Don’t want to downsize? There are many other ways to boost your retirement savings, from holding yoga classes at your home to renting out your driveway.
Carriage clocks and games of bowls, grey pounds and silver surfers – today’s retirement is far from what these stereotypes portray. Instead, it is more varied – bungee jumping, lunches with friends or new hobbies are all things that you might have in your retirement plans. But with pensions smaller than those in the past, using your home to provide an extra bit of funding could be a big win.
For many, that might mean downsizing into a smaller property, which can be a great way to free up cash for retirement. But what if you don’t want to leave the home you love? What other options can help you to use your home as an income instead?
Join the digital B&B revolution
The short-term rental market has become filled with privately owned spare rooms and converted attics. A number of websites now allow homeowners to become private landlords by listing their spare space for short-term rental use.
Your earning potential will come down to several factors, including demand, your running costs and any relevant legislation. Some sites limit the number of nights that a space can be leased, to protect the long-term rental market. However, anyone with spare, unused space who is willing to open their home to tourists could quickly begin making extra money.
Storage or parking space
Even if you don’t have a spare room suitable for short lets, you could still make a little on the side from your spare parking or storage spaces.
In areas where parking spaces are highly regulated or in short supply, people will pay a premium to cut down their commute. If you live near a busy train station or town centre, you could make up to £200 a month from your garage or driveway.
Start a business or work from home
High-speed broadband has boosted connectivity, allowing many people to run businesses from their sofa or kitchen table. If you’re not able to start your own business just yet, it might still be worth discussing remote working with your employer. Working from home is accepted by a growing number of companies and by avoiding the costly daily commute, you could save a tidy sum on travel.
For parents of young children, this could also help cut childcare costs, making working from home a great way to increase disposable income.
Or, if you’re approaching retirement, scaling back at work to either part-time or remote-working only could help to extend the time that you’re still earning a traditional salary. One in 10 over-65s are still working, many of whom will be part-time employees, so it might be worth considering a small job on the side as you move into retirement. This could help make the transition into life after work smoother, and you’ll also have more money to enjoy the retirement that you want.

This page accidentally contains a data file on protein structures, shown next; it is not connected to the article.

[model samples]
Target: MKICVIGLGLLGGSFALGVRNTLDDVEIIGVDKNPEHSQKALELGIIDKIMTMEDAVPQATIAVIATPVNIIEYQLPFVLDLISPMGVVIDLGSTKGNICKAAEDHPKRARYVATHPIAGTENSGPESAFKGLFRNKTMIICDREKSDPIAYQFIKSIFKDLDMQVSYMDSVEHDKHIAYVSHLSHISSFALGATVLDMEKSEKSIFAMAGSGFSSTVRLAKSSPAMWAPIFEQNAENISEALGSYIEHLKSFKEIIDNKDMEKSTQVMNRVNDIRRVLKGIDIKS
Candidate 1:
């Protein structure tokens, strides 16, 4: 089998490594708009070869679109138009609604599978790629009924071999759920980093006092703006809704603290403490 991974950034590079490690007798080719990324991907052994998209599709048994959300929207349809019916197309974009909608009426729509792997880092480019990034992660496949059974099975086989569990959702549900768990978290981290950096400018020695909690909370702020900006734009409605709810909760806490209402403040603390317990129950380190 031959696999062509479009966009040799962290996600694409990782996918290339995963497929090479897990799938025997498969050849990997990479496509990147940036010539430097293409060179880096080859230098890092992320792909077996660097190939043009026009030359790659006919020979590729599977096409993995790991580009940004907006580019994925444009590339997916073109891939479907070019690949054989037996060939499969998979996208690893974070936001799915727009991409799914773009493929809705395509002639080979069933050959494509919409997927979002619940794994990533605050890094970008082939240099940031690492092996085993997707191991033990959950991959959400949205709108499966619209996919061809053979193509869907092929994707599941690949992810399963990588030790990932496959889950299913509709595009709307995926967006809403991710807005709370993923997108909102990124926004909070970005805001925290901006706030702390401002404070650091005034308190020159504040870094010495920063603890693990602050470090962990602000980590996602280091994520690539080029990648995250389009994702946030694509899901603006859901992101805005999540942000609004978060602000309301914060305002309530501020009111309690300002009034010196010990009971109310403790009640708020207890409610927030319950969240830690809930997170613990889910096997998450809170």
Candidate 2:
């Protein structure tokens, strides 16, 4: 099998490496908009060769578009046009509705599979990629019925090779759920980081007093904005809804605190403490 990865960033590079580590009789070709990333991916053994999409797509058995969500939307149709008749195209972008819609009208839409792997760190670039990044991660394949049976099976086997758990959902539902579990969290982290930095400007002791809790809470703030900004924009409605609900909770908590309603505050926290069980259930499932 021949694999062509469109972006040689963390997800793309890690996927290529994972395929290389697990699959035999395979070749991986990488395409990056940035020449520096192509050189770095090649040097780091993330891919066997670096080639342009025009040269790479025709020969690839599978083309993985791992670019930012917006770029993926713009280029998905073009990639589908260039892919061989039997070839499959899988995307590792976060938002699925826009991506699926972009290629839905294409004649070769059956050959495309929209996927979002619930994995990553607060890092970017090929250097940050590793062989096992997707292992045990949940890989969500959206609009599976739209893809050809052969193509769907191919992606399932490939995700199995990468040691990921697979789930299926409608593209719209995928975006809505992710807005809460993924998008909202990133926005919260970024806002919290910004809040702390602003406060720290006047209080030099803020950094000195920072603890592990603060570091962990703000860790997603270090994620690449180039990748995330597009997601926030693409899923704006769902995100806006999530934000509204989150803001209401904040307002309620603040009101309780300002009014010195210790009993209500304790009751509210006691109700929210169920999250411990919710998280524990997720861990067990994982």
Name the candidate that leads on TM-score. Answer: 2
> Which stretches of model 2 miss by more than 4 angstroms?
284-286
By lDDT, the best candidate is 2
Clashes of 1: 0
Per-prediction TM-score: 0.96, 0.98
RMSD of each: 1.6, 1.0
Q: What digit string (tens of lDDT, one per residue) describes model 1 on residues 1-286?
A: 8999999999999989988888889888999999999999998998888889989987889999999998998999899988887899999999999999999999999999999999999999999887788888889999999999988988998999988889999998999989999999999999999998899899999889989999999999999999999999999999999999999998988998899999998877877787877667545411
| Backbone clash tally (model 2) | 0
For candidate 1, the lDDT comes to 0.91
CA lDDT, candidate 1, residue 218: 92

Yoga or spinning? Good health and personal well-being are on the minds of many people today, prompting them to look for cheap and local classes to join. So, if you’re someone with the skills to run your own classes or space to hire out, you could begin generating additional income from health-conscious visitors in no time.
Unlock your hidden pension
If you’re a homeowner over the age of 55, lifetime mortgages (a loan secured against your home) offer a way to unlock your housing wealth, so that you can put it to use for the retirement that you want to lead. Britain’s over-55s hold a staggering £1 trillion in housing wealth. People are now turning to the “pension they never knew they had” as they face the challenge of making their retirement savings last. Some are even using the money to pay for holidays or to gift a living inheritance.
Lenders in this sector are now offering much greater flexibility when it comes to how you can unlock housing equity. Rather than borrowing a large lump sum, new solutions mean that you can now access your property wealth as a regular income paid over a fixed term, with an initial lump sum, which could sit alongside other options such as annuities or investments.
A lifetime mortgage is repaid upon the sale of the property after death, or when the last surviving borrower dies or moves into long-term care. Interest is charged on the loan plus any interest already added, which means the amount that you owe can grow quickly. A lifetime mortgage will reduce an inheritance.
To take out a lifetime mortgage, you’ll need to speak to a financial adviser. They’ll help you to understand what’s involved and how much equity you could release from your home.
Harold Pritchard is distribution director at Legal & General Home Finance.